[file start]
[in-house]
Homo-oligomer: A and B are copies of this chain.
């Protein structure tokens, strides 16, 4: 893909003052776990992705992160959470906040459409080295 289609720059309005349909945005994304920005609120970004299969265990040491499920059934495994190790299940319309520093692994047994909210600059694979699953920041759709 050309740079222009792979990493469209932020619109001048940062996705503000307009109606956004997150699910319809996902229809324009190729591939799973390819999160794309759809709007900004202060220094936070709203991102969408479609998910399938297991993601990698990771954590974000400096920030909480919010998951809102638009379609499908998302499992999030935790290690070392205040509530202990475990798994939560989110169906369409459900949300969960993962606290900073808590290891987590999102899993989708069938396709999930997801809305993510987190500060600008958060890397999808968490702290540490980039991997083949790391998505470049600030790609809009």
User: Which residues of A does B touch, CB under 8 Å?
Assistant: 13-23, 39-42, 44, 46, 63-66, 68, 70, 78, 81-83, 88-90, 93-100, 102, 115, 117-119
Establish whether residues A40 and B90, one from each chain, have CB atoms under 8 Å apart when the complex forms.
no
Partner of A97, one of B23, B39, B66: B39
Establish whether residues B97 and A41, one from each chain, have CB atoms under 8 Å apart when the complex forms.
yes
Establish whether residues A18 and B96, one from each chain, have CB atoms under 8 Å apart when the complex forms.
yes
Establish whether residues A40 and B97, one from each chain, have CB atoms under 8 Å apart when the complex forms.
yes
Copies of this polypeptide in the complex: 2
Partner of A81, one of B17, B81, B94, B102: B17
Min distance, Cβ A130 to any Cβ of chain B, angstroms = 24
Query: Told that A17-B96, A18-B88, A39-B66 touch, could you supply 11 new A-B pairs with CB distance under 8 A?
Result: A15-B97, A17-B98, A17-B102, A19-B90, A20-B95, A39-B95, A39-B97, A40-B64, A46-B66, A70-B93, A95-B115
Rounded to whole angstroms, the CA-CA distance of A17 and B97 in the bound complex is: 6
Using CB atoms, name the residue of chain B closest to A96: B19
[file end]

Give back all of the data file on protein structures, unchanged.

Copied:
[in-house]
Homo-oligomer: A and B are copies of this chain.
């Protein structure tokens, strides 16, 4: 893909003052776990992705992160959470906040459409080295 289609720059309005349909945005994304920005609120970004299969265990040491499920059934495994190790299940319309520093692994047994909210600059694979699953920041759709 050309740079222009792979990493469209932020619109001048940062996705503000307009109606956004997150699910319809996902229809324009190729591939799973390819999160794309759809709007900004202060220094936070709203991102969408479609998910399938297991993601990698990771954590974000400096920030909480919010998951809102638009379609499908998302499992999030935790290690070392205040509530202990475990798994939560989110169906369409459900949300969960993962606290900073808590290891987590999102899993989708069938396709999930997801809305993510987190500060600008958060890397999808968490702290540490980039991997083949790391998505470049600030790609809009």
User: Which residues of A does B touch, CB under 8 Å?
Assistant: 13-23, 39-42, 44, 46, 63-66, 68, 70, 78, 81-83, 88-90, 93-100, 102, 115, 117-119
Establish whether residues A40 and B90, one from each chain, have CB atoms under 8 Å apart when the complex forms.
no
Partner of A97, one of B23, B39, B66: B39
Establish whether residues B97 and A41, one from each chain, have CB atoms under 8 Å apart when the complex forms.
yes
Establish whether residues A18 and B96, one from each chain, have CB atoms under 8 Å apart when the complex forms.
yes
Establish whether residues A40 and B97, one from each chain, have CB atoms under 8 Å apart when the complex forms.
yes
Copies of this polypeptide in the complex: 2
Partner of A81, one of B17, B81, B94, B102: B17
Min distance, Cβ A130 to any Cβ of chain B, angstroms = 24
Query: Told that A17-B96, A18-B88, A39-B66 touch, could you supply 11 new A-B pairs with CB distance under 8 A?
Result: A15-B97, A17-B98, A17-B102, A19-B90, A20-B95, A39-B95, A39-B97, A40-B64, A46-B66, A70-B93, A95-B115
Rounded to whole angstroms, the CA-CA distance of A17 and B97 in the bound complex is: 6
Using CB atoms, name the residue of chain B closest to A96: B19